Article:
Southern breaks

Armed with surfboard and wetsuit, Sam Vincent surveys the island state’s perfect waves.

Five hundred metres past the turnoff to Port Arthur Historic Site, down a gravel road, through a pear orchard, two hours' walk along a trail flanked by scrub, down a cliff and beyond a series of truck-sized boulders, you'll find Australia's biggest waves.

In the past 10 years, Shipstern Bluff off south-eastern Tasmania has gained a reputation as Australia's most fearsome surf break. Named after the Titanic-like headland that looms above it, "Shippies", with waves regularly rising six metres, is visited by the world's best big-wave surfers, though this is still considered a secret spot.

For surfers with an adventurous streak, Tasmania offers several other world-class, albeit smaller, surf breaks and myriad chances to ride uncrowded, pristine waves generated thousands of kilometres away in the Southern Ocean.

You'll still need your wetsuit, however - summer is a relative term in Tasmania.


A word of warning: Shipstern Bluff is suitable for professional surfers only. It is dangerous and unpredictable: when it's "on", a heavy swell hitting the shallow reef here causes a six-metre body of water to materialise quickly. For those brave and experienced enough to ride it, the wave's trademark "speed hump" mid-break has been likened to free-falling down a set of stairs. The nearest hospital is an hour's drive away and sharks often mill about the nearby seal colony. It's little wonder that fishermen colloquially call the spot "Devil's Point".

My board stayed in the car but I still wanted to have a look. The easiest way to Shipstern Bluff is to drive to the Cape Raoul walking track car park in Tasman National Park, accessed via Stormlea Road, south of Nubeena. Follow the trail for two hours (2½ hours on the way back on account of the steep path) through thick bush to Raoul Bay; Shipstern Bluff is below the cliff to the right. A strong south-westerly swell is required for monster waves.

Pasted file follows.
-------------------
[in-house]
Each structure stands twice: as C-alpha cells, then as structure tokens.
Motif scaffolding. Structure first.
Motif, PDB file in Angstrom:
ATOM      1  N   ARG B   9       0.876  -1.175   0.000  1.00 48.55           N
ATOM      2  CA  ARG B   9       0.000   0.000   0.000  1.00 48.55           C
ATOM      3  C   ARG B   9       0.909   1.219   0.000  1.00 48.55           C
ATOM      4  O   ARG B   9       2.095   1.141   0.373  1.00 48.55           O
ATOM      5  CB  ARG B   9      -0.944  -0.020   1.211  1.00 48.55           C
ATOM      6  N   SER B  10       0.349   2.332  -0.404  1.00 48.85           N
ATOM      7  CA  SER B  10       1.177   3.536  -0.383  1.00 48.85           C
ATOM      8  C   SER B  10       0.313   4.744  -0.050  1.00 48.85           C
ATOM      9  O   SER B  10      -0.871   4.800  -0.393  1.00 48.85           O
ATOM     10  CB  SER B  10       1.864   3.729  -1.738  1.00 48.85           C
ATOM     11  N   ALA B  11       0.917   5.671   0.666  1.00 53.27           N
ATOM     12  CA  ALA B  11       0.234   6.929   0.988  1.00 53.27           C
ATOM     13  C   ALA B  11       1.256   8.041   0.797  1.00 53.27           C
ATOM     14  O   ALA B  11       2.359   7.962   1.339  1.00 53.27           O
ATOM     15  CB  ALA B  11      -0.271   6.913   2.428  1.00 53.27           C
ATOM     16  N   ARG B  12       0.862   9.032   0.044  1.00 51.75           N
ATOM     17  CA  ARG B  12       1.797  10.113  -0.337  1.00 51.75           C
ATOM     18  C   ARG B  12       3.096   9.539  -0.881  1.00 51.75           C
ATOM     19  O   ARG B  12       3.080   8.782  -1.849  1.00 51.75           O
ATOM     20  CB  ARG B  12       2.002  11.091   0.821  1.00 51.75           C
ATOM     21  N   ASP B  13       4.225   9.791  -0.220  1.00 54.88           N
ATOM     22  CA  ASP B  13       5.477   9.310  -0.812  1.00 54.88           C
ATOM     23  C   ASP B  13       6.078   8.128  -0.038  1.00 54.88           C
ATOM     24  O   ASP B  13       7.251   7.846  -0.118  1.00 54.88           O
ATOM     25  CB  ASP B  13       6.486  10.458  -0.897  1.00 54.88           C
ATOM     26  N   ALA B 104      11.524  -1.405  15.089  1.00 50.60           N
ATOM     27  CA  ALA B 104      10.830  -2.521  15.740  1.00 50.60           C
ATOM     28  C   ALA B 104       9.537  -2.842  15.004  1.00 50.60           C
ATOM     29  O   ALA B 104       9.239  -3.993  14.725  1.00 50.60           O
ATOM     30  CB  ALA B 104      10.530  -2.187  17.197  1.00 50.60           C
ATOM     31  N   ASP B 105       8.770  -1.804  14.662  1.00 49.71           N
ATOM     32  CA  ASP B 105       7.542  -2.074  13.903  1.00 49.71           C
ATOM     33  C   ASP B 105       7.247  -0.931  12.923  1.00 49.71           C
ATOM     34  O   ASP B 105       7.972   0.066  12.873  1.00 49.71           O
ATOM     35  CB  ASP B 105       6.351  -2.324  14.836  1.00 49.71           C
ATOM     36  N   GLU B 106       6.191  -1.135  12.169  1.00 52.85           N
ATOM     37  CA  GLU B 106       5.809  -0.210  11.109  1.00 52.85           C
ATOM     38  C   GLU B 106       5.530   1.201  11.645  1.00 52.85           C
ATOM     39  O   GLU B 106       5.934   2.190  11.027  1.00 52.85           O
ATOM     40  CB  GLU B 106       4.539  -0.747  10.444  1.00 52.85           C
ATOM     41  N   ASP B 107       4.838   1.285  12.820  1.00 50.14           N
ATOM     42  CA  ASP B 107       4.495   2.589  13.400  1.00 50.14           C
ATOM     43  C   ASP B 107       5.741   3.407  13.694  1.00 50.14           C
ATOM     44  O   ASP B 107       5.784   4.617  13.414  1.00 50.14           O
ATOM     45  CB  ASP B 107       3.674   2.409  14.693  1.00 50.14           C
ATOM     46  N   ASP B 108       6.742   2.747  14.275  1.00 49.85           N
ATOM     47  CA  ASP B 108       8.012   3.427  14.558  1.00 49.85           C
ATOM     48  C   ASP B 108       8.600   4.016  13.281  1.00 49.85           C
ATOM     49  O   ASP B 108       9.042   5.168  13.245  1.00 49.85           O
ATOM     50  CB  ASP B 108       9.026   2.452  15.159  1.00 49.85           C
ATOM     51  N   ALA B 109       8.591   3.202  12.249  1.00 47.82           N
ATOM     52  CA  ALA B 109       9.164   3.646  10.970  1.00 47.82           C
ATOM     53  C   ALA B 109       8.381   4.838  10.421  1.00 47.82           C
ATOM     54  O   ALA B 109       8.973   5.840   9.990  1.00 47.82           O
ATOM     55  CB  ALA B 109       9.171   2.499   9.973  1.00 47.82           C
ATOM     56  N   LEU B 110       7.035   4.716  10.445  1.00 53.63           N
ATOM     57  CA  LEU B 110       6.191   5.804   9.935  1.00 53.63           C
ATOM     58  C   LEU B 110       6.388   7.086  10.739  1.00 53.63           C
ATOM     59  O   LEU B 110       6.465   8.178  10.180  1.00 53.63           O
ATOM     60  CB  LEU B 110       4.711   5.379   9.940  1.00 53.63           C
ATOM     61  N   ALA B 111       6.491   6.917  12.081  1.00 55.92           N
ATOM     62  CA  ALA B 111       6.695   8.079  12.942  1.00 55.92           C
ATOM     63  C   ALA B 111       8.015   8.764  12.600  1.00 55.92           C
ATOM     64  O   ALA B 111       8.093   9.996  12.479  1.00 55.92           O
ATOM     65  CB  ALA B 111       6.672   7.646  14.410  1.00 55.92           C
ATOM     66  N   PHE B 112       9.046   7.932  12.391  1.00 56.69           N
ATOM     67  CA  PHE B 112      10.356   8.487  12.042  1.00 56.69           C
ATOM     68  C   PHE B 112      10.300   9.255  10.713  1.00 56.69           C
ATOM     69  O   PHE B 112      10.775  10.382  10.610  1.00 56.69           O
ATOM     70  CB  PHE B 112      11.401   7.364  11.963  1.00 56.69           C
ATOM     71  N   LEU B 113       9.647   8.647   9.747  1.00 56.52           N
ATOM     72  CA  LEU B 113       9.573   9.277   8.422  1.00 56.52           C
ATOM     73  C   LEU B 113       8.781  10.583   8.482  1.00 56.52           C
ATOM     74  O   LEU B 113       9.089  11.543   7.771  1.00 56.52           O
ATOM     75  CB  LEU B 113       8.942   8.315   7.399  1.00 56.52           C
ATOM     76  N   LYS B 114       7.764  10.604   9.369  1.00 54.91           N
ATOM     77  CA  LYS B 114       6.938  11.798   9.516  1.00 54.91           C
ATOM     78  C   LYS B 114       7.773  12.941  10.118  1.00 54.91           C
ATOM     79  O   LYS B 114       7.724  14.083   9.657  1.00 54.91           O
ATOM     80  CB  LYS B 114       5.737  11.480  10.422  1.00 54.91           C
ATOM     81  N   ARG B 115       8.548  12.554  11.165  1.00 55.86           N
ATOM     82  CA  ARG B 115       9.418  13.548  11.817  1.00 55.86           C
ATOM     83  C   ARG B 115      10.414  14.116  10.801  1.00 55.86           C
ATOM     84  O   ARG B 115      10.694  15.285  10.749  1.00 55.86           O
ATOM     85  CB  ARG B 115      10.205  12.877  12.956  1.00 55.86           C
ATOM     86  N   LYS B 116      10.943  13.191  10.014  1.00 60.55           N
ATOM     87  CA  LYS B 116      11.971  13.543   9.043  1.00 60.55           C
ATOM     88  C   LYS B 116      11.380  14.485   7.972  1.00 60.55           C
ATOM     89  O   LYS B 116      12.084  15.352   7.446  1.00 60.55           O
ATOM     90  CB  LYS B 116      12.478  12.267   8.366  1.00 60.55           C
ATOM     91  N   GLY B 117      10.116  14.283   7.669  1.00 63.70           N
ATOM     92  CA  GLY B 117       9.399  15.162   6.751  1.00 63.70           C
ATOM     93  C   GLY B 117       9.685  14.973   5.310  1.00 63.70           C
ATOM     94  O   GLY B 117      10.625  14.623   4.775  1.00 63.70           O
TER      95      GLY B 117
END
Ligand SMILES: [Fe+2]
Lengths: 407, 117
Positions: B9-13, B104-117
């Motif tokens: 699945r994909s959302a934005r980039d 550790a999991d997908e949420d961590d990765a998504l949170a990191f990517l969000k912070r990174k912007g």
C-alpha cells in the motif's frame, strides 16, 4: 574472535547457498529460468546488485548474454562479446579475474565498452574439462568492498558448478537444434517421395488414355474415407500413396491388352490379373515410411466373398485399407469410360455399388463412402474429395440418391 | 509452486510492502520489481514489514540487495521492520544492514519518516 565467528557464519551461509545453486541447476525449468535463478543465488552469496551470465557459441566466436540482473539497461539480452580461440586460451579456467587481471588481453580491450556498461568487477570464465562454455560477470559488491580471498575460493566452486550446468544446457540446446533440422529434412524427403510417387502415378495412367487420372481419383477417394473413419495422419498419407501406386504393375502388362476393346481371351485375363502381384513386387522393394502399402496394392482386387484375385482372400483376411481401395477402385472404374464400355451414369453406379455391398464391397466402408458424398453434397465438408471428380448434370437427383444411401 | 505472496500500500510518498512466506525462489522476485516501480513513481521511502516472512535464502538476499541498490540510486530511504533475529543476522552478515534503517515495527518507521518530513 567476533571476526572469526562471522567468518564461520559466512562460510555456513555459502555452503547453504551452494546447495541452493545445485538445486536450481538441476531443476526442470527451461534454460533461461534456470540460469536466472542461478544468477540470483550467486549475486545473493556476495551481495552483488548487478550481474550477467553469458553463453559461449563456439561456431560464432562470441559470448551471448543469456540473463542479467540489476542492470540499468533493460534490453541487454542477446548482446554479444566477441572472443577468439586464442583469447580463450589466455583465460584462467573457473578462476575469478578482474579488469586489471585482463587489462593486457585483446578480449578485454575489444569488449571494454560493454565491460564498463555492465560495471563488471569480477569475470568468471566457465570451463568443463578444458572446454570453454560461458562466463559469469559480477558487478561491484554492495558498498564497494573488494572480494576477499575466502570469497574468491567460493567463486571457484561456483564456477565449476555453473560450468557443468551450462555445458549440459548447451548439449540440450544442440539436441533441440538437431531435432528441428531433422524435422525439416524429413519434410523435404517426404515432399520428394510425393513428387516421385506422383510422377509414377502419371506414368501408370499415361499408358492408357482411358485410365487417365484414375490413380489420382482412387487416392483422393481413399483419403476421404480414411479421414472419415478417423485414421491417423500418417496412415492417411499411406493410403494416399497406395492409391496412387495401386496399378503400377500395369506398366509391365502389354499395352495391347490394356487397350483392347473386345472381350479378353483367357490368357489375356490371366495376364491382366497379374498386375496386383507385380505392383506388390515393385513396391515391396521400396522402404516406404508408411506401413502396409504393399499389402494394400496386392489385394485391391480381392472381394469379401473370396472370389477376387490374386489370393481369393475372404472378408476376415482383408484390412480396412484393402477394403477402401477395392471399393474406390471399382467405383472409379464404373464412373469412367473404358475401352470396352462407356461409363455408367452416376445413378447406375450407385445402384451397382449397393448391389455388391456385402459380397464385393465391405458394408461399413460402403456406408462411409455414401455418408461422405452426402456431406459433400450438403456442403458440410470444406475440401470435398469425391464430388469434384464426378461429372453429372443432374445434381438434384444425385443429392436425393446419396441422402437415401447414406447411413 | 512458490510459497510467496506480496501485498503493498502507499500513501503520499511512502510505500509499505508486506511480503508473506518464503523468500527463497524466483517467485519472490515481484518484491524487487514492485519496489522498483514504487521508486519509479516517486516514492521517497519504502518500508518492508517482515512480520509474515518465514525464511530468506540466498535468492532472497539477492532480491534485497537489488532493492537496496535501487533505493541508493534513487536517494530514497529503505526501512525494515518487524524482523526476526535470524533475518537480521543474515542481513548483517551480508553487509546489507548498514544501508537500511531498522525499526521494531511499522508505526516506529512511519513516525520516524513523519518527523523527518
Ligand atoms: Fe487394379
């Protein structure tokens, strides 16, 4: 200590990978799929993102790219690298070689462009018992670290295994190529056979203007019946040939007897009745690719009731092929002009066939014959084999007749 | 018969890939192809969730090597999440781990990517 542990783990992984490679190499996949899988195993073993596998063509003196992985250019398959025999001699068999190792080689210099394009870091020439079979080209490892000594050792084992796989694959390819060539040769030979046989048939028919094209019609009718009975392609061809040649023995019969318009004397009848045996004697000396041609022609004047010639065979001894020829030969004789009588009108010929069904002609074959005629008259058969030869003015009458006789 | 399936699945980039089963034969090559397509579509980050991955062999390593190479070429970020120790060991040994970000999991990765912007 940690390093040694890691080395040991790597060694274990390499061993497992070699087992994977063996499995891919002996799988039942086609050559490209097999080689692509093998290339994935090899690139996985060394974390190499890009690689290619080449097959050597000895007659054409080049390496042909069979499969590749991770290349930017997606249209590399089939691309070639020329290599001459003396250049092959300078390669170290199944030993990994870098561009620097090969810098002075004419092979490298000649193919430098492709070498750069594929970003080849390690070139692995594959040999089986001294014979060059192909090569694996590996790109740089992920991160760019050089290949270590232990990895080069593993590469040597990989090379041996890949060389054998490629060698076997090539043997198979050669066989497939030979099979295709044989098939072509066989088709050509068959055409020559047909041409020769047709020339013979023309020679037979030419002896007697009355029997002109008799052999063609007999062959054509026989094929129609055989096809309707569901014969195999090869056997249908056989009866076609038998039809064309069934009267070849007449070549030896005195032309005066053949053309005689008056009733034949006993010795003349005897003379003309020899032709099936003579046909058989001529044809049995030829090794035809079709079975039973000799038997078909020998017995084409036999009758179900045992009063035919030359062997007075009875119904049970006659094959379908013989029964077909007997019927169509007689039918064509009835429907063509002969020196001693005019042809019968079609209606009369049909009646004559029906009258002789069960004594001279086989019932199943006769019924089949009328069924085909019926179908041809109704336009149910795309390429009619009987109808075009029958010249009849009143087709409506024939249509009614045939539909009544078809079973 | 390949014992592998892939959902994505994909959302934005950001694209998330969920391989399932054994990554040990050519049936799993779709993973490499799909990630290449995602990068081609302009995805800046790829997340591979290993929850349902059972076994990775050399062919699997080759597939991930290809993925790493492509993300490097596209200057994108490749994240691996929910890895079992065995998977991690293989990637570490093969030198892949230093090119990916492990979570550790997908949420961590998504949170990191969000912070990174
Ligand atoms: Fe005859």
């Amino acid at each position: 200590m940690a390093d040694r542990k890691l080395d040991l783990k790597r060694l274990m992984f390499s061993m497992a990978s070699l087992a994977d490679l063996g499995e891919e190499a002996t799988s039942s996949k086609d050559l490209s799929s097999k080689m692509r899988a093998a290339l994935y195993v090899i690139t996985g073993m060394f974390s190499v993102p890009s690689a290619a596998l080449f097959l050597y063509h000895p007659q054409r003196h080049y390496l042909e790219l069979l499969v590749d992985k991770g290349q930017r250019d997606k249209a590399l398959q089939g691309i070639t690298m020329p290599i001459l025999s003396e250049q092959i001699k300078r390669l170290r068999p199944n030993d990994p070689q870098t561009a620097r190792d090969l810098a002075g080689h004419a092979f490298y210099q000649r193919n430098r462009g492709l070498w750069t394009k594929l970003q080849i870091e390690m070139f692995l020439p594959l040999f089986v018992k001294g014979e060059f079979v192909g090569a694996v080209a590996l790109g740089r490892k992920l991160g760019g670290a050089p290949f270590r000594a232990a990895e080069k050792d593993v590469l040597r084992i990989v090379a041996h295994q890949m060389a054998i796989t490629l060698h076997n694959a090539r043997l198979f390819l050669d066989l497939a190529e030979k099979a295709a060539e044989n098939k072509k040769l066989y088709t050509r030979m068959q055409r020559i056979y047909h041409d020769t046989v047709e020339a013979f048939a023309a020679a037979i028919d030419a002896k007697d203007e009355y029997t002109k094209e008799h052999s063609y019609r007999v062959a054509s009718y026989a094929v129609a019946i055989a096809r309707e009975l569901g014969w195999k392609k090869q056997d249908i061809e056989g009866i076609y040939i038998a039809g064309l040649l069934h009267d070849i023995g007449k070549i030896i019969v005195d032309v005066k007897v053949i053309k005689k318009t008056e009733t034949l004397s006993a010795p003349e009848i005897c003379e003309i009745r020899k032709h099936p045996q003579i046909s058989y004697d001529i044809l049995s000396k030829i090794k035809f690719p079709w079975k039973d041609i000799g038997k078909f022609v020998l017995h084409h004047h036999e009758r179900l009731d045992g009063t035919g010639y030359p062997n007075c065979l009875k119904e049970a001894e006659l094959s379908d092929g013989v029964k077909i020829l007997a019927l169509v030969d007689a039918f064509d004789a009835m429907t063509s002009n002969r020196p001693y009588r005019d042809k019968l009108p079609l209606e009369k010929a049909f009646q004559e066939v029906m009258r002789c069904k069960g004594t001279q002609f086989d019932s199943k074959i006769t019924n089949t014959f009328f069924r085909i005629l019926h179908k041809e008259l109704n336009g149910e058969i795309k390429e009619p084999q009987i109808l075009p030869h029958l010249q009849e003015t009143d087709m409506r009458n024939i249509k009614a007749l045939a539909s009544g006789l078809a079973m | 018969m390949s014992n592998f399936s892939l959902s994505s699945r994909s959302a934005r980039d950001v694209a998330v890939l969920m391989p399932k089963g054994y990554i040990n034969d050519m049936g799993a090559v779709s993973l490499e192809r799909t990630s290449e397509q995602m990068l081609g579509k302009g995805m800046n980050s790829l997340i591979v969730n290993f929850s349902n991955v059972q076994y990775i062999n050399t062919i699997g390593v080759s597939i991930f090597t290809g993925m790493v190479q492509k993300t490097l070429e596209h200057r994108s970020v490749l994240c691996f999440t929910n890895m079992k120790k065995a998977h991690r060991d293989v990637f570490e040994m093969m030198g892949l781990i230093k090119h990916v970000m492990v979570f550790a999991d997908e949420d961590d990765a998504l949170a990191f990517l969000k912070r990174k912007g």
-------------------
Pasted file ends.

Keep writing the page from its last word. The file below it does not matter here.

For mortals, the island's best breaks in the south are all within easy access of Hobart. On the eastern entrance to the Derwent, Clifton Beach breaks both ways in most conditions, while Eaglehawk Neck, the isthmus joining the Forestier and Tasman peninsulas, has exceptional waves when the swell is south-easterly and the wind westerly.


An excellent option is Bruny Island. Though its western shores are sheltered by the D'Entrecasteaux Channel, Bruny's east and south coasts bear the brunt of Antarctic swells (and water temperatures).

The pick of the island's southern breaks is Cloudy Bay. It's Australia's southernmost surf beach, where eagles wheel under clouds. Surf it in a southerly swell and a northerly wind.

Clifton Beach is a 45-minute drive south-east of Hobart; Eaglehawk Neck is an hour's drive in the same direction; Bruny Island is accessed via a 15-minute ferry crossing from Kettering, which is 40 minutes' drive south of Hobart.


Who knows how many more Shipstern Bluffs are waiting to be discovered off Tasmania's wet 'n' wild west coast? This is arguably Australia's least-explored shore: a rain-lashed and unforgiving littoral of forest, raging rivers and rocky coves shaped by the Roaring Forties.

The few convicts who managed to escape from the notorious Macquarie Harbour Penal Station found the terrain far harder to penetrate than the prison they left and little has changed.

Of the known surf spots, two of the west coast's best are at its opposite ends. In the far south, where Tasmania's west and east coasts meet like the point of a love heart, South Cape Bay is a pristine beach break that gets huge, clean waves on a southerly swell. Surfers carry their boards along a stunning walking trail and it pays to bring a few - when I visit I'm met by a bitterly disappointed surfer whose board snapped soon after paddling out.

More easily accessible is Marrawah in the far north-west, Tasmania's westernmost settlement. With a bucolic backdrop of dairy farms and windmills, Marrawah's three beaches - Ann Bay, Mawson Bay and Green Point - have hundred-metre-long rides when the swell is westerly and the wind offshore. The local surfers are friendly and happy to impart advice. Often you'll have to access private land to get to the best surf, so don't forget to close all gates you open.